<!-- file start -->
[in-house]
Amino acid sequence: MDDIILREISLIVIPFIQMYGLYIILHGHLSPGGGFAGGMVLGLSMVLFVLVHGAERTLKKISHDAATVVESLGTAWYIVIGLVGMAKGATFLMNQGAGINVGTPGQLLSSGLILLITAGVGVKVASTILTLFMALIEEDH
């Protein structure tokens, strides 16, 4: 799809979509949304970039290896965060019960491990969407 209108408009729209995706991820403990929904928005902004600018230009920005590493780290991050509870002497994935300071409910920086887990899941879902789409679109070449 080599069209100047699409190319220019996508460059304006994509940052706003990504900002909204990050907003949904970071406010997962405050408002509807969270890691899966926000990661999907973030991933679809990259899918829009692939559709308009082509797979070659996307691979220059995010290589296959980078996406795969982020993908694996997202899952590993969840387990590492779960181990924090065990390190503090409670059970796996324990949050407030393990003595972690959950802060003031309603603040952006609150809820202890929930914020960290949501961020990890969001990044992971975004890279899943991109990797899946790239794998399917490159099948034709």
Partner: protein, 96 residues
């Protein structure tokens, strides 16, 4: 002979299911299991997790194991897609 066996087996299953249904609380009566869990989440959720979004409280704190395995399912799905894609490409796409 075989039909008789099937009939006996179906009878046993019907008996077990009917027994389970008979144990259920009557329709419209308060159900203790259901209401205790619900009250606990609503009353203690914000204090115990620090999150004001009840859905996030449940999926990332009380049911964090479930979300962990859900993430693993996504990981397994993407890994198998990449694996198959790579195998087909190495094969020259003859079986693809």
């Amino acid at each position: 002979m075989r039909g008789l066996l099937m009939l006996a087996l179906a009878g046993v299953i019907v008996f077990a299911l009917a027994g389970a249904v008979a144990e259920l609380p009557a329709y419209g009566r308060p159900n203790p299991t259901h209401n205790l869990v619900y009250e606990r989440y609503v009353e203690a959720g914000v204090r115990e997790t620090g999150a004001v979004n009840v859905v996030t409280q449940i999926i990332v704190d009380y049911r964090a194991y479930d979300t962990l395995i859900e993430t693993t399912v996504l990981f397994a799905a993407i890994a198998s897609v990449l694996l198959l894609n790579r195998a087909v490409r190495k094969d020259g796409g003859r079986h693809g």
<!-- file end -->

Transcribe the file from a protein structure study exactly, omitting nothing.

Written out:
[in-house]
Amino acid sequence: MDDIILREISLIVIPFIQMYGLYIILHGHLSPGGGFAGGMVLGLSMVLFVLVHGAERTLKKISHDAATVVESLGTAWYIVIGLVGMAKGATFLMNQGAGINVGTPGQLLSSGLILLITAGVGVKVASTILTLFMALIEEDH
């Protein structure tokens, strides 16, 4: 799809979509949304970039290896965060019960491990969407 209108408009729209995706991820403990929904928005902004600018230009920005590493780290991050509870002497994935300071409910920086887990899941879902789409679109070449 080599069209100047699409190319220019996508460059304006994509940052706003990504900002909204990050907003949904970071406010997962405050408002509807969270890691899966926000990661999907973030991933679809990259899918829009692939559709308009082509797979070659996307691979220059995010290589296959980078996406795969982020993908694996997202899952590993969840387990590492779960181990924090065990390190503090409670059970796996324990949050407030393990003595972690959950802060003031309603603040952006609150809820202890929930914020960290949501961020990890969001990044992971975004890279899943991109990797899946790239794998399917490159099948034709």
Partner: protein, 96 residues
């Protein structure tokens, strides 16, 4: 002979299911299991997790194991897609 066996087996299953249904609380009566869990989440959720979004409280704190395995399912799905894609490409796409 075989039909008789099937009939006996179906009878046993019907008996077990009917027994389970008979144990259920009557329709419209308060159900203790259901209401205790619900009250606990609503009353203690914000204090115990620090999150004001009840859905996030449940999926990332009380049911964090479930979300962990859900993430693993996504990981397994993407890994198998990449694996198959790579195998087909190495094969020259003859079986693809």
């Amino acid at each position: 002979m075989r039909g008789l066996l099937m009939l006996a087996l179906a009878g046993v299953i019907v008996f077990a299911l009917a027994g389970a249904v008979a144990e259920l609380p009557a329709y419209g009566r308060p159900n203790p299991t259901h209401n205790l869990v619900y009250e606990r989440y609503v009353e203690a959720g914000v204090r115990e997790t620090g999150a004001v979004n009840v859905v996030t409280q449940i999926i990332v704190d009380y049911r964090a194991y479930d979300t962990l395995i859900e993430t693993t399912v996504l990981f397994a799905a993407i890994a198998s897609v990449l694996l198959l894609n790579r195998a087909v490409r190495k094969d020259g796409g003859r079986h693809g």